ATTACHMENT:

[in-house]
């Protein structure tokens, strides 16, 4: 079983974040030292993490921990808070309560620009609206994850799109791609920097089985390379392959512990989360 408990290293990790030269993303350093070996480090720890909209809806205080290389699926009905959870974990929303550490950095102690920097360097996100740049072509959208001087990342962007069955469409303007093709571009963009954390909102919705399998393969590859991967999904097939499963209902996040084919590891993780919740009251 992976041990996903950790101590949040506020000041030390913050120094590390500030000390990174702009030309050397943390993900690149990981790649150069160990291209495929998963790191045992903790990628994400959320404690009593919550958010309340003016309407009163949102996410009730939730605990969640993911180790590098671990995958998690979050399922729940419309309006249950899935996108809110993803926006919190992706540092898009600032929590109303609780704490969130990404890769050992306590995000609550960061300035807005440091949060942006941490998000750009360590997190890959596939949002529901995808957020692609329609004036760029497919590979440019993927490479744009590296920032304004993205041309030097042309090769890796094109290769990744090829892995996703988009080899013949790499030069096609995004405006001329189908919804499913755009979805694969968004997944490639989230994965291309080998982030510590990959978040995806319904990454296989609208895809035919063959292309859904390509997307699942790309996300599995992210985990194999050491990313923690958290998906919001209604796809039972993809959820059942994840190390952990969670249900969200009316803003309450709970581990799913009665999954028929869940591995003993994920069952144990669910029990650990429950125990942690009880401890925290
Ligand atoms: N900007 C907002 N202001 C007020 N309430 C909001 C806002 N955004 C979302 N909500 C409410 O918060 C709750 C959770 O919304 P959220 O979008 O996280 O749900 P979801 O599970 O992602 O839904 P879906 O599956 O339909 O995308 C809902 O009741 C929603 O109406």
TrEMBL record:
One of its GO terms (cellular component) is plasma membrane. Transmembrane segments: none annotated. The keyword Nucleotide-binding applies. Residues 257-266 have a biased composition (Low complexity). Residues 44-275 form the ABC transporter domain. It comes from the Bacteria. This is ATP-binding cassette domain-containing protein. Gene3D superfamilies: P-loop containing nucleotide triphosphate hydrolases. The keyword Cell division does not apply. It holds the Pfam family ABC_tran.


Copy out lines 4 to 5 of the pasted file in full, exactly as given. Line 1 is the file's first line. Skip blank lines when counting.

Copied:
TrEMBL record:
One of its GO terms (cellular component) is plasma membrane. Transmembrane segments: none annotated. The keyword Nucleotide-binding applies. Residues 257-266 have a biased composition (Low complexity). Residues 44-275 form the ABC transporter domain. It comes from the Bacteria. This is ATP-binding cassette domain-containing protein. Gene3D superfamilies: P-loop containing nucleotide triphosphate hydrolases. The keyword Cell division does not apply. It holds the Pfam family ABC_tran.